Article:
With the potential for fortunes made and lost, are IPOs more Las Vegas than Wall Street?

The majority of regular investors who buy into an IPO do so because they think they can make a quick buck. But, as with Las Vegas, the house always wins.
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By Erik Sherman

The Uber initial public offering, or IPO, has been long awaited — and hyped. Thousands of investors and regular people will be watching Friday as the rideshare giant goes public, with some thinking about trying to grab a piece of the action.

When a company goes public, many people can suddenly find themselves wealthy, some insanely so. It's tempting and the thought, exhilarating. But the chance of making a quick profit on any IPO when you aren't an insider is unlikely.

"It's the speculative attraction, the excitement, similar to going to Las Vegas to gamble for a big winning," David Kass, a professor of finance at the University of Maryland, said. "But, like Las Vegas, the odds are against you."

Your chances of doing well on that first day are slim to none because, like Las Vegas, the game is designed to favor the house. In the case of an IPO, the house is the company's early investors, the investment bank underwriters that promote and sell the IPO to big institutional investors, and favored customers of the underwriters.

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Institutional investors and the favored customers and other insiders buy shares from the company at a preset price, which for Uber was $45, letting it raise $8.1 billion for itself at a market value of $75.5 billion.

When the market opens, those who own shares (other than employees, who generally have to wait six months) get to sell them. Early investors will sell stock to lock in their profit. For a company like Uber, which had received a stunning $24.7 billion in investment ahead of the IPO, there are people who badly want to recoup their investment. The institutional investors and insiders also may sell some of their shares for a quick profit.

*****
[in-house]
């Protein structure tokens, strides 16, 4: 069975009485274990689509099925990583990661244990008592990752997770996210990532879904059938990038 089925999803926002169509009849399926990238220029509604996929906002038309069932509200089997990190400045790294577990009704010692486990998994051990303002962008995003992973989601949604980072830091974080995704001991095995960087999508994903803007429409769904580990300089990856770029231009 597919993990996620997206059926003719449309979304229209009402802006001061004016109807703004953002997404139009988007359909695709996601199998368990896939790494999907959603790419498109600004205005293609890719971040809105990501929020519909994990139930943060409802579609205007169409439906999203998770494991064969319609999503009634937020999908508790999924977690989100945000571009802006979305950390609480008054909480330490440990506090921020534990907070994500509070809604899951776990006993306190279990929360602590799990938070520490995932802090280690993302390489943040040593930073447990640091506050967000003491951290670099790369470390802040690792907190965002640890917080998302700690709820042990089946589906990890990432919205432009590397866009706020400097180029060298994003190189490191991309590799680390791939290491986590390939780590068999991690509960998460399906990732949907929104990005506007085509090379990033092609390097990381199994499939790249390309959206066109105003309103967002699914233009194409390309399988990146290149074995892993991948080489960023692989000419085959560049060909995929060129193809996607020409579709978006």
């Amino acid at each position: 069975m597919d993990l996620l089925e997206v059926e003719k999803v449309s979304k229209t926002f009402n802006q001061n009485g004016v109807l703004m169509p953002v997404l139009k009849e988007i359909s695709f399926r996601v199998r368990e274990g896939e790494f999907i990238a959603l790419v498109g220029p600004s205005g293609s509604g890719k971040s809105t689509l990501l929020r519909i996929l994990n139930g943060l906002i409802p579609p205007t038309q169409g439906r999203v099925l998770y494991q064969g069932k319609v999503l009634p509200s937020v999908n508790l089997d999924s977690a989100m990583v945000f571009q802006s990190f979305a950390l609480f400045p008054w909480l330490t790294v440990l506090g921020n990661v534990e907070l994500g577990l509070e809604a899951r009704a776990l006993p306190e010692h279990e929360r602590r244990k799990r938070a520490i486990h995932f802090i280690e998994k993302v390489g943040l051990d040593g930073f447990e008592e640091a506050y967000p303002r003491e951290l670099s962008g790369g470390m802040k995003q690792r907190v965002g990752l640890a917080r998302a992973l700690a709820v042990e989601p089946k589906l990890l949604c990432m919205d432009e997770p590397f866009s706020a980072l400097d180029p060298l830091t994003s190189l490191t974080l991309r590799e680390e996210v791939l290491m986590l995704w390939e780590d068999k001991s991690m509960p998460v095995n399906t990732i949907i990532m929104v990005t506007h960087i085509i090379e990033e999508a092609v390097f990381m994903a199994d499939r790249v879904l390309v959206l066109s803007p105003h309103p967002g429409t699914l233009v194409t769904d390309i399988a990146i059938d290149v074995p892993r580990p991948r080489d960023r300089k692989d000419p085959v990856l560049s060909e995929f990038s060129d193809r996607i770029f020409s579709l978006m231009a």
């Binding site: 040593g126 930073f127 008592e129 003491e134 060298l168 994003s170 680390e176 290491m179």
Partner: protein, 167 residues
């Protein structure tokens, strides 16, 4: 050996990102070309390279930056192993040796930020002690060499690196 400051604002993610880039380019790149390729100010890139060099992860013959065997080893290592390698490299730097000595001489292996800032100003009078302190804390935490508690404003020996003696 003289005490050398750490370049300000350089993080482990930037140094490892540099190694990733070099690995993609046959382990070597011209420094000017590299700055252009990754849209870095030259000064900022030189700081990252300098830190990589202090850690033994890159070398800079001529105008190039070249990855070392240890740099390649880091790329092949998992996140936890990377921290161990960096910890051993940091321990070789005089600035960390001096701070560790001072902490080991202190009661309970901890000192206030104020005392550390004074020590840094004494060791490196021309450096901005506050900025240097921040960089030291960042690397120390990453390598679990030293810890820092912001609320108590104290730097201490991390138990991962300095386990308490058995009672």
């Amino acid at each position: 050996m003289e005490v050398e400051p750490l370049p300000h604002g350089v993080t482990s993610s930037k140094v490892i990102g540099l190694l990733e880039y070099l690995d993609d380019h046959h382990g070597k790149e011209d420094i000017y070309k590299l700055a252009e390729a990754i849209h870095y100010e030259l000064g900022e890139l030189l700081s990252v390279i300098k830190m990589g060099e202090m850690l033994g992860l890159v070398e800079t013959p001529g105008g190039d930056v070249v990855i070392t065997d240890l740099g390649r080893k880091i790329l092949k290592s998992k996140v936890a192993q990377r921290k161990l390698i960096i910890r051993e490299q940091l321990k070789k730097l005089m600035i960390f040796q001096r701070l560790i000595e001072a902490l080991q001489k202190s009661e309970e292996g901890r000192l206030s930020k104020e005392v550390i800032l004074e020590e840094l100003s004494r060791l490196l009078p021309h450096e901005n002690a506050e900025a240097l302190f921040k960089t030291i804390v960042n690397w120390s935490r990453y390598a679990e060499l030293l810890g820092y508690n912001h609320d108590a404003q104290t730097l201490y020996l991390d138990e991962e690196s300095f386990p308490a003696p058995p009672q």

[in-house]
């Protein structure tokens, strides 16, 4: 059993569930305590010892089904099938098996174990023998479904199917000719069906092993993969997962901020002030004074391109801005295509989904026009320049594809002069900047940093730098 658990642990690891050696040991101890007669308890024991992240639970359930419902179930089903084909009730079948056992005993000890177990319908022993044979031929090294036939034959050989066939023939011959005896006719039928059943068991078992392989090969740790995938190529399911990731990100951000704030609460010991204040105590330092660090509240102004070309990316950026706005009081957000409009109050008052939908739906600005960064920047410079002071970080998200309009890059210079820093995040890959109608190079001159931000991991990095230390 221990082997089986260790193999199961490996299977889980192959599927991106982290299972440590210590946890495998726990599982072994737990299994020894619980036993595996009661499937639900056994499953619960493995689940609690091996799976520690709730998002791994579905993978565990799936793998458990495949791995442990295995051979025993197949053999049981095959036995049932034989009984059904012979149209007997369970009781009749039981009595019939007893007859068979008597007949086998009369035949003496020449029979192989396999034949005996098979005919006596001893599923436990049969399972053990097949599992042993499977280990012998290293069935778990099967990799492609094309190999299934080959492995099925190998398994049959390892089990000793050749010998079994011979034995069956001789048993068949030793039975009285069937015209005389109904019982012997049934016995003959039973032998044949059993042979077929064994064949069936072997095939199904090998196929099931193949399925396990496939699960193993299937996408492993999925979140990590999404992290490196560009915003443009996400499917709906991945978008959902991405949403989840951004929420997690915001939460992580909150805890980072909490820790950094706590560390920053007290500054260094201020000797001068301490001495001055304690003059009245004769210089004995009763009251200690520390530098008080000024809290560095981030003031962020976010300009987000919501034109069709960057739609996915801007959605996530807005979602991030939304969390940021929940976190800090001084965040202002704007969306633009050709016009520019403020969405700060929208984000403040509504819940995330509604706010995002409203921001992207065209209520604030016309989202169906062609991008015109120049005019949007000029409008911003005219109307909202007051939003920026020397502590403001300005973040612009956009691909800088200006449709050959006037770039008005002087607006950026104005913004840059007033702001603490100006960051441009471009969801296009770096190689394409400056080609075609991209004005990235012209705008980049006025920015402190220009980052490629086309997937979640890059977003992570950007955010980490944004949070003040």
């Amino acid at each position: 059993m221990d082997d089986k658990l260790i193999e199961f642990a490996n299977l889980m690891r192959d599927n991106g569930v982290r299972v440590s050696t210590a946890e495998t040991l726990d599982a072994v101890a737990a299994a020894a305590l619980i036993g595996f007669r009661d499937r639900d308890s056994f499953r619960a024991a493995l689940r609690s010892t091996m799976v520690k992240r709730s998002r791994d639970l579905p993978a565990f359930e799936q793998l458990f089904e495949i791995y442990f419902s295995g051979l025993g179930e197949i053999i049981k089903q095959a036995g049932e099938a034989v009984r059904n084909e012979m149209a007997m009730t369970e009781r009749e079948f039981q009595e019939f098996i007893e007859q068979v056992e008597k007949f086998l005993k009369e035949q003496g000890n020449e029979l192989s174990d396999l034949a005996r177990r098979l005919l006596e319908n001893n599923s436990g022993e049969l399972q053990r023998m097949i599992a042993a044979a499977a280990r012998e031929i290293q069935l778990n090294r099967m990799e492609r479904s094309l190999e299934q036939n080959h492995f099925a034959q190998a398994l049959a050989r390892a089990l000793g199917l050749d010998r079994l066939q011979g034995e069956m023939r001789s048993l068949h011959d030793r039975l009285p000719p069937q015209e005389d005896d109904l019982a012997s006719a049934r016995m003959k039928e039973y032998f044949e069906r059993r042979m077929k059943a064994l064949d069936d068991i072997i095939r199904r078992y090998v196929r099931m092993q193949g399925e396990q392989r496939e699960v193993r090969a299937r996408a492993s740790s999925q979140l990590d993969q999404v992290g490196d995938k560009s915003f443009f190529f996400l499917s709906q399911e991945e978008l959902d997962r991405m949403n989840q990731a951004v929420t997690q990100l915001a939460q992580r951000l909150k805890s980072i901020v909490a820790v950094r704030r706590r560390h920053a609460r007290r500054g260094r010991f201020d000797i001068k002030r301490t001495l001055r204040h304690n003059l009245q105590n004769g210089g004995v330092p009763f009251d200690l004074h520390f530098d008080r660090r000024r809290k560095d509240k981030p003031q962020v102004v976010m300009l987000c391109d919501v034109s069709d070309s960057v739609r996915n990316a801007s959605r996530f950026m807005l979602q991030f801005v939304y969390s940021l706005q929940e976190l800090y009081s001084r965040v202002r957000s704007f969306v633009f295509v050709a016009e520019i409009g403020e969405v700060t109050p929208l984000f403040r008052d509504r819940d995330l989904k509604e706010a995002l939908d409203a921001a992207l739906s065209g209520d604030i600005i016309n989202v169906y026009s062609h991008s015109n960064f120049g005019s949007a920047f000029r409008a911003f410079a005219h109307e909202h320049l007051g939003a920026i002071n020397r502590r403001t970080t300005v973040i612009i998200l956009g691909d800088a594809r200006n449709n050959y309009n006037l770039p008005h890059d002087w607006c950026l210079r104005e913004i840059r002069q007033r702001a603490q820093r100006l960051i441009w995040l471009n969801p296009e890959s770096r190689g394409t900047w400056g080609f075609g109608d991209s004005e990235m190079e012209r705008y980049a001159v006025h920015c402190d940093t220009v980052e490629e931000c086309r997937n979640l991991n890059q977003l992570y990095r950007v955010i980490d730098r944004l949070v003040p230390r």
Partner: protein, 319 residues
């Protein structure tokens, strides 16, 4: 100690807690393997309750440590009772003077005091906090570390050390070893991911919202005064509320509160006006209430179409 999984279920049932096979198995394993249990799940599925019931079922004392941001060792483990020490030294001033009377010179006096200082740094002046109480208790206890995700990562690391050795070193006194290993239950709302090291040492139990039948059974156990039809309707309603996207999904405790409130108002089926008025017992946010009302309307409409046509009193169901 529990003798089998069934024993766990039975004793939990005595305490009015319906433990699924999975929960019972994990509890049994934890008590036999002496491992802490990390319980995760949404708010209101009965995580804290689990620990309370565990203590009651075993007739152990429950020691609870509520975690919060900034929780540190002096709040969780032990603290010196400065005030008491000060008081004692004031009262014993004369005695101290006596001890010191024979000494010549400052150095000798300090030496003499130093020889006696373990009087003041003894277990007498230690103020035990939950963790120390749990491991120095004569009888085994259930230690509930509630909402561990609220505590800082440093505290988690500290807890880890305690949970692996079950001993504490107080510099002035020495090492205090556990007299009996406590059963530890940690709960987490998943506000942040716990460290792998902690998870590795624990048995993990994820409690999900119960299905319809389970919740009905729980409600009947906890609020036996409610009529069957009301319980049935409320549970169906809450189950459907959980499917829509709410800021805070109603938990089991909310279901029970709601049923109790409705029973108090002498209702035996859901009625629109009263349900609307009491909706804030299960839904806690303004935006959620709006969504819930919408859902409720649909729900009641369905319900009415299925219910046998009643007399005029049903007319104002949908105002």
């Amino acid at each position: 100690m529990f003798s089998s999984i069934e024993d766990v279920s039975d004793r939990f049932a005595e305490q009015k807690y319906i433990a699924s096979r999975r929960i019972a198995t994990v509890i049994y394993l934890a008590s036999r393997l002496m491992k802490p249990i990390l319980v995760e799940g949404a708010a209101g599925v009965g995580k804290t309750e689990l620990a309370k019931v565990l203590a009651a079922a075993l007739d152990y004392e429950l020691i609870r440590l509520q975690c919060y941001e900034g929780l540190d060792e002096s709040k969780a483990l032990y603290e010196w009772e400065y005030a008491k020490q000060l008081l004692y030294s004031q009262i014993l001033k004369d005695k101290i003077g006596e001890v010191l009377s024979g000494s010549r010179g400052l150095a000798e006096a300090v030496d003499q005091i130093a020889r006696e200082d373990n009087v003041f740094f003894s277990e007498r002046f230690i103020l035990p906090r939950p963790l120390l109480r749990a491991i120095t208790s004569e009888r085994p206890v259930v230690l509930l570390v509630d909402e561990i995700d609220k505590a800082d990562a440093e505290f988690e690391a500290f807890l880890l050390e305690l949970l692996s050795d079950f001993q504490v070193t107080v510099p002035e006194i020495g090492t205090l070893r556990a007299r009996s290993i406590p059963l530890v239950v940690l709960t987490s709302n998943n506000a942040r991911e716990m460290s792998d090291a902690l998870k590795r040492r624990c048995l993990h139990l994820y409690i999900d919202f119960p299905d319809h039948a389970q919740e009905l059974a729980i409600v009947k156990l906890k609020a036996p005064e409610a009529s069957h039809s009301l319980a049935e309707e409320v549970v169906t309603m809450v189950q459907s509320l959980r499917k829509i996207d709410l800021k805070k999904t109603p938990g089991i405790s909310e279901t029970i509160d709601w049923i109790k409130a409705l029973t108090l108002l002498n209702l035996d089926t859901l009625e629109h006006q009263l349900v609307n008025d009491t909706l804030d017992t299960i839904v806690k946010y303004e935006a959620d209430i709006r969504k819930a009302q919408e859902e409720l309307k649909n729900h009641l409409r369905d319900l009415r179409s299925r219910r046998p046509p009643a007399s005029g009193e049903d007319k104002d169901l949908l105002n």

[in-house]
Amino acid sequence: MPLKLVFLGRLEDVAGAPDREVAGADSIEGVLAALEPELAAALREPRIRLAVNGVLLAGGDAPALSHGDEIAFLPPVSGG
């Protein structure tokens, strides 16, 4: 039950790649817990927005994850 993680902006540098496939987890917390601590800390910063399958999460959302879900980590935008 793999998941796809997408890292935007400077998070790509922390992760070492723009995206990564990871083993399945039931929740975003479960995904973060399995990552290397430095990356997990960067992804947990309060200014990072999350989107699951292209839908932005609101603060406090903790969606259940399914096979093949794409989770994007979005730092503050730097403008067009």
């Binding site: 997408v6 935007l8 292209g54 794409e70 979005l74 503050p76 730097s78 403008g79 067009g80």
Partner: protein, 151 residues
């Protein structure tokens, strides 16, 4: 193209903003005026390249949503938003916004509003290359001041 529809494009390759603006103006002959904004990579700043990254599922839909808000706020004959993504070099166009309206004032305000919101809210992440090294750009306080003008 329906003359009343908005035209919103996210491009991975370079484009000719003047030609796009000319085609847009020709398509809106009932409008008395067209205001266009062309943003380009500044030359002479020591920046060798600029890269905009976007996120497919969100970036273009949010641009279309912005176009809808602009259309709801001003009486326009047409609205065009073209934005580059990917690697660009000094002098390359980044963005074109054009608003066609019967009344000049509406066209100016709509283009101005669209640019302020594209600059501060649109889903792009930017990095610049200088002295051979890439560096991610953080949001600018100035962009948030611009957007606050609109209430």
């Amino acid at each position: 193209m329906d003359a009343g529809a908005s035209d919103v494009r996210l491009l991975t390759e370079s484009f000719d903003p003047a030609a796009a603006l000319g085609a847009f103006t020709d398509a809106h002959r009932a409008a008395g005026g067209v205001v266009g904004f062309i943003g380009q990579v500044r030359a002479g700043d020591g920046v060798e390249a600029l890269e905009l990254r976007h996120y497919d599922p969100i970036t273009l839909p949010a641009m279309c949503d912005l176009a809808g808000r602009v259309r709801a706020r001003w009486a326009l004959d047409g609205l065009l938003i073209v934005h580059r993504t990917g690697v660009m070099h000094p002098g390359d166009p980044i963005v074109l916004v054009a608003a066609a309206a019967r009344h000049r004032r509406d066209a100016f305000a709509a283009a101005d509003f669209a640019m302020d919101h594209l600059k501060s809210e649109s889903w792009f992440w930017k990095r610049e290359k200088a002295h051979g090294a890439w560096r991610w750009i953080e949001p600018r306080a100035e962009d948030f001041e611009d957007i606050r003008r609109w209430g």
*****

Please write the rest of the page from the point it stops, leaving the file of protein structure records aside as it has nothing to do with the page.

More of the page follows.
"The majority of people investing in an IPO as retail [individual] investors do so because they think they can make a quick buck," said Adam Dechtman, a certified financial planner with Dechtman Wealth Management. "Who's making the money? It's the underwriters and the early investors."

Regular people don't get the low price the initial investors got, nor the IPO price. They pay the rates that come from the market and which will likely be higher — maybe much higher.

The hope is that shares, and your net worth as a result, will appreciate in price. Reaching that goal from an IPO is harder today than it once was. "What we've seen as a trend is that these companies are staying private much longer than in the past," said Nicole Tanenbaum, chief investment strategist at Chequers Financial Management. A lot of the appreciation in value has already happened by the time of the IPO, leaving less room for prices to skyrocket.

The way to make money would be to buy a stock and hold it for the long term, as the company matures.

Ultimately, if someone really wants to invest in a company going public, the best decision might be to wait.

"Stock will be trading the next day, the next week, the next month," said Kass. "What's the urgency of buying today?"